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Families affected by the mishandling of human remains at Harvard Medical School filed a class action lawsuit against the University and former morgue manager Cedric Lodge on Friday.
Lodge — who has been accused by federal prosecutors of stealing and transporting human remains from the morgue at the Anatomical Gift Program at Harvard Medical School — was indicted last Wednesday by a Pennsylvania grand jury on charges of conspiracy and aiding and abetting the interstate transport of stolen goods.
The class action suit against Harvard and Lodge — which was filed in the Massachusetts Suffolk County Superior Court by Keches Law Group — alleges negligence, breach of fiduciary duty, and infliction of emotional distress.
“Harvard and HMS owed a duty of care to the families of those who donated their bodies,” the filing reads. “Harvard and HMS breached its duty of care and was negligent when it failed to take reasonable steps in the hiring, training, supervision, and retention of defendant Cedric Lodge.”
The lawsuit cites the precedent under Massachusetts law set in Kelly v. Brigham and Women’s Hospital, which allows for financial compensation to close family members suffering emotional distress resulting from the mishandling of remains.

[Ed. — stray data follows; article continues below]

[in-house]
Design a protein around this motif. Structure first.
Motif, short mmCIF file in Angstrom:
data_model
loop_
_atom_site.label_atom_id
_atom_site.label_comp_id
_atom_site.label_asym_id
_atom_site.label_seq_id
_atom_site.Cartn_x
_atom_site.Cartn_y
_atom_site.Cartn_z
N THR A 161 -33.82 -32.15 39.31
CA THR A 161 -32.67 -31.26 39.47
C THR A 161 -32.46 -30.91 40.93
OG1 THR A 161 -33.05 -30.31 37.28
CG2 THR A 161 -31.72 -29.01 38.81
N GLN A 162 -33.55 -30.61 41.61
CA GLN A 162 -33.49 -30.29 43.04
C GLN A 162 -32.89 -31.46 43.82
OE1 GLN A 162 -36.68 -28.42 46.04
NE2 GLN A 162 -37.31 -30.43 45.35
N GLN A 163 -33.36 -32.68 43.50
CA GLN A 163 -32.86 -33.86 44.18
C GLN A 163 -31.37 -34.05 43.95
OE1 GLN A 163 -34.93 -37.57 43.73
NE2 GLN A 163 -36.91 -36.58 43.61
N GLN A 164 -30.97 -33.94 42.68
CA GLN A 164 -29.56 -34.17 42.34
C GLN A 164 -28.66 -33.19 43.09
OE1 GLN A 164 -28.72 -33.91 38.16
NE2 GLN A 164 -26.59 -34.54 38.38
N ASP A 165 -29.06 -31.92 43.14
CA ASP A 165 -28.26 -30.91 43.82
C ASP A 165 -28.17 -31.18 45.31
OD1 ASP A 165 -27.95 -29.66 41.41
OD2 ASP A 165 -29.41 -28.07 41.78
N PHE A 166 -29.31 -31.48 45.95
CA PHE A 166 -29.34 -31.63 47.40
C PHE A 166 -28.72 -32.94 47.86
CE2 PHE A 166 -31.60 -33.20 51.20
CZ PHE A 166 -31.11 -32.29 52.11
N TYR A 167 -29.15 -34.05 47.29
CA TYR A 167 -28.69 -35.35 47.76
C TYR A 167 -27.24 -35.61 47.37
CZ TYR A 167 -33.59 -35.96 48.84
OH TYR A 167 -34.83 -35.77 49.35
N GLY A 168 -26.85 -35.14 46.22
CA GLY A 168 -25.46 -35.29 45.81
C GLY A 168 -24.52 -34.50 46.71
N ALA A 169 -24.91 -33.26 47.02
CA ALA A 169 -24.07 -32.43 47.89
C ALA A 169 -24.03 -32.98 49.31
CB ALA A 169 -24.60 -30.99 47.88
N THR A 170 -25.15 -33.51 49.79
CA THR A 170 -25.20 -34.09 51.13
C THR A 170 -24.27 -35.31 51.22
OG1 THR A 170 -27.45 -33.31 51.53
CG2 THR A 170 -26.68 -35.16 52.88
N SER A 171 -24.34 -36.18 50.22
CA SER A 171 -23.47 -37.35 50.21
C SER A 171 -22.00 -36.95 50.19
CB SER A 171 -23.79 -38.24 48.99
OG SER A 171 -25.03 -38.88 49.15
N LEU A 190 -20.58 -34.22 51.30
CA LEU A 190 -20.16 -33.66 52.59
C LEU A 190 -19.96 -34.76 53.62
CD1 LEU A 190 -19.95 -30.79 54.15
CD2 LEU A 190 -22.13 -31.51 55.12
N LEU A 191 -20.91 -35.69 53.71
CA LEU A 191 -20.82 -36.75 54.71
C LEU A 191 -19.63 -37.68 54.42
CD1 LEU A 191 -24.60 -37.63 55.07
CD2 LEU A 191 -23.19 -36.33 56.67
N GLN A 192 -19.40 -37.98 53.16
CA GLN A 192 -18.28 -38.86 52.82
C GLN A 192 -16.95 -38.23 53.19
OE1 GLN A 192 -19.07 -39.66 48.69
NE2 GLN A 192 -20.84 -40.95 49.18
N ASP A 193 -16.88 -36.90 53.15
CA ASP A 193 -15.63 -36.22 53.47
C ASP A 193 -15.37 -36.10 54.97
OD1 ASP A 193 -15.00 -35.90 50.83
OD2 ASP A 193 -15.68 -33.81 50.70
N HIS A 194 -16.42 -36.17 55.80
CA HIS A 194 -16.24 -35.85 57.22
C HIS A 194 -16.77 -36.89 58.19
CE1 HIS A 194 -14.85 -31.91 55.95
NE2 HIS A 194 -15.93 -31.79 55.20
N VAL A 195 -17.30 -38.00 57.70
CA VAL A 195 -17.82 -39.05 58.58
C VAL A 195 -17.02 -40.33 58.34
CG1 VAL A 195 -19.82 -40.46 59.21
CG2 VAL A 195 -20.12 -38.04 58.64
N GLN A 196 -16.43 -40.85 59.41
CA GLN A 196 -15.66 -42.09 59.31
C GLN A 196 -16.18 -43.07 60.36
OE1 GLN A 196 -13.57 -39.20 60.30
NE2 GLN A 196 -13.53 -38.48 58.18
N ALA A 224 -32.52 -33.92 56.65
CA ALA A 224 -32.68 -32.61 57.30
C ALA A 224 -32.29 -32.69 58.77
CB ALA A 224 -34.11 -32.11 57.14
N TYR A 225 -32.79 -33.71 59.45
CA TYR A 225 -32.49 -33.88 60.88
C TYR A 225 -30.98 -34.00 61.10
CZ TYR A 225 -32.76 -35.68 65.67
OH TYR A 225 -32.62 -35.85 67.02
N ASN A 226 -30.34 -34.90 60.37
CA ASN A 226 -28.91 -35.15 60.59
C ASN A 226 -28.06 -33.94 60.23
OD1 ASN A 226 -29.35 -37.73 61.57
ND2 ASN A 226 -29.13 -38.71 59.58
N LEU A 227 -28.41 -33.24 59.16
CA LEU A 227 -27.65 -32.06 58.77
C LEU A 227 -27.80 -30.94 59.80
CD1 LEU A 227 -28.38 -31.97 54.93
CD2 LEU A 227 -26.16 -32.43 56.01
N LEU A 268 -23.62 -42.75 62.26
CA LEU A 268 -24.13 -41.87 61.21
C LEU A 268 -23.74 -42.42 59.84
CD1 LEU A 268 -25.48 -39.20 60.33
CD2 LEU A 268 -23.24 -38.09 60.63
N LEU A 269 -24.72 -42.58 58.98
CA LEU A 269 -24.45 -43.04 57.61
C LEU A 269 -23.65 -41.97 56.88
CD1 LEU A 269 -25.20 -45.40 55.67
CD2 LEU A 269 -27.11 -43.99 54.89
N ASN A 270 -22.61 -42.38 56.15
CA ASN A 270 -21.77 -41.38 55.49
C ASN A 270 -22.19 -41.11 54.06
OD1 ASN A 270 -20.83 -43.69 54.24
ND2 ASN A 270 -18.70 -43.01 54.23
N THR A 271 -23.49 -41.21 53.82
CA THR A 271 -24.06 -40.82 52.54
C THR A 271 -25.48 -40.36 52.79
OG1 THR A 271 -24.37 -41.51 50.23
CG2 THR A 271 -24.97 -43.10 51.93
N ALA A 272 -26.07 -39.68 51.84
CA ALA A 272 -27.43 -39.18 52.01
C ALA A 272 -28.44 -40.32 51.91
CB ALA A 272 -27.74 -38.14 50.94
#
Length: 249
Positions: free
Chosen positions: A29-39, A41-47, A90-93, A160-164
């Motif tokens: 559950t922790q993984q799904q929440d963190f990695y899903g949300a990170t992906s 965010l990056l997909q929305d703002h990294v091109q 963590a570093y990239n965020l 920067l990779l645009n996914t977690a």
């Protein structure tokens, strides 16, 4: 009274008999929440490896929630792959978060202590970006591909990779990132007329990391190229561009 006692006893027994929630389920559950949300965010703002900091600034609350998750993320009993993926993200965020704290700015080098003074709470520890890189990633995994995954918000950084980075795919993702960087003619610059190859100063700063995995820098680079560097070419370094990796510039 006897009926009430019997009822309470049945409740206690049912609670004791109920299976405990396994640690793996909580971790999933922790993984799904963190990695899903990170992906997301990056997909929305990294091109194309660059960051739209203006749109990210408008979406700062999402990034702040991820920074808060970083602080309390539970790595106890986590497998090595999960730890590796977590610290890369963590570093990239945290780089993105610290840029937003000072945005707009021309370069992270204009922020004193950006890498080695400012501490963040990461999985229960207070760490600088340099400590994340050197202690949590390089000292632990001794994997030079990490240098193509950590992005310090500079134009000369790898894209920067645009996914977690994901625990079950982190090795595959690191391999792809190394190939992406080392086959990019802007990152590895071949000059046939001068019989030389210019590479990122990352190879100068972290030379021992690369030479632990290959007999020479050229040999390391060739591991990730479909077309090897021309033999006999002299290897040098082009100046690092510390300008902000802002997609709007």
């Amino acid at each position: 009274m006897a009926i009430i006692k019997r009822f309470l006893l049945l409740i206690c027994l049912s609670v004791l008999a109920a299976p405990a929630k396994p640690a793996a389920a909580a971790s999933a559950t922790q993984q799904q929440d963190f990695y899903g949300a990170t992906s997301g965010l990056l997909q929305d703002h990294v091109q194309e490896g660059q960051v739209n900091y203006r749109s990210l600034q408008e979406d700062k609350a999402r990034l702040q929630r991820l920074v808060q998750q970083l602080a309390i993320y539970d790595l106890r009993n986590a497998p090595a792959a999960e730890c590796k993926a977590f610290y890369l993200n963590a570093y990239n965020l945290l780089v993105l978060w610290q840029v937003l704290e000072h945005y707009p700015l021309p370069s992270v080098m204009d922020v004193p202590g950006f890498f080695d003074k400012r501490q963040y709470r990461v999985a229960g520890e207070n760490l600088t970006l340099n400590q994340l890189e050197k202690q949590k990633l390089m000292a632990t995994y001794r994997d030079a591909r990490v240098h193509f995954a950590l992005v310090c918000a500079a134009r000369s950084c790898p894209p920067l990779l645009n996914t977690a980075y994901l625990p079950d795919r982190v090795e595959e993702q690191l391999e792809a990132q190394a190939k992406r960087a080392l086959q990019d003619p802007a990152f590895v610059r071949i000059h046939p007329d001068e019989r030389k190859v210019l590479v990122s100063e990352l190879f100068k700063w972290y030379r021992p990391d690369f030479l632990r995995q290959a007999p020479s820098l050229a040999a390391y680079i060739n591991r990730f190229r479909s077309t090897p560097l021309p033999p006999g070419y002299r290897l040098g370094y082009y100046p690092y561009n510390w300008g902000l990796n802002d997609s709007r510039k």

“Family members of the decedents are entitled to the right to bury their loved ones in a manner imbued with decency,” the class action suit reads. “When families of deceased are denied that right when the bodies of their loved ones were dismembered, mishandled, and sold to third parties, they are entitled to compensation for the severe emotional distress caused as a result of this inexcusable negligence and tortious interference with a dead body.”
John B. Bozek — whose mother, Adele J. Mazzone, donated her body to the Medical School following her death in February 2019 — is the lead plaintiff in the case. Though Mazzone’s ashes were returned to her family in April 2021, Bozek now believes his mother’s body was among those mishandled.
The suit covers families who believe their relatives’ bodies were affected, a number it sets between 350 to 400 cadavers.
Lodge and his wife Denise Lodge are accused of selling human remains to Katrina MacLean and Joshua Taylor, among others. All four individuals are named defendants in a five-count federal suit filed last Tuesday.
Harvard spokesperson Jason A. Newton and Harvard Medical School spokesperson Ekaterina D. Pesheva both declined to comment on the pending litigation.
Lodge did not respond to a request for comment.
Jonathan D. Sweet — one of two attorneys at Keches Law Group who filed the lawsuit — said in a press conference Friday evening that the case seeks to find “the truth of what happened.”
Sweet said some members of the class action called the Medical School’s hotline — set up last week in the wake of Lodge’s indictment — to get “presumptive confirmation” that their family members’ bodies were among those mishandled.
Then, they contacted Sweet and Jeffrey N. Catalano, the other attorney listed in the case.
Sweet pointed to the suffering experienced by families whose loved ones had donated their remains.
“A trust was formed, and that trust was that the custodian of these bodies would handle them with respect, and with dignity, and with care,” Sweet said at the press conference. “This case is about an alleged breach of that trust, which has come to light in a very unfortunate way.”
“We hope to bring to these families, by filing this lawsuit, a second closure,” he added.
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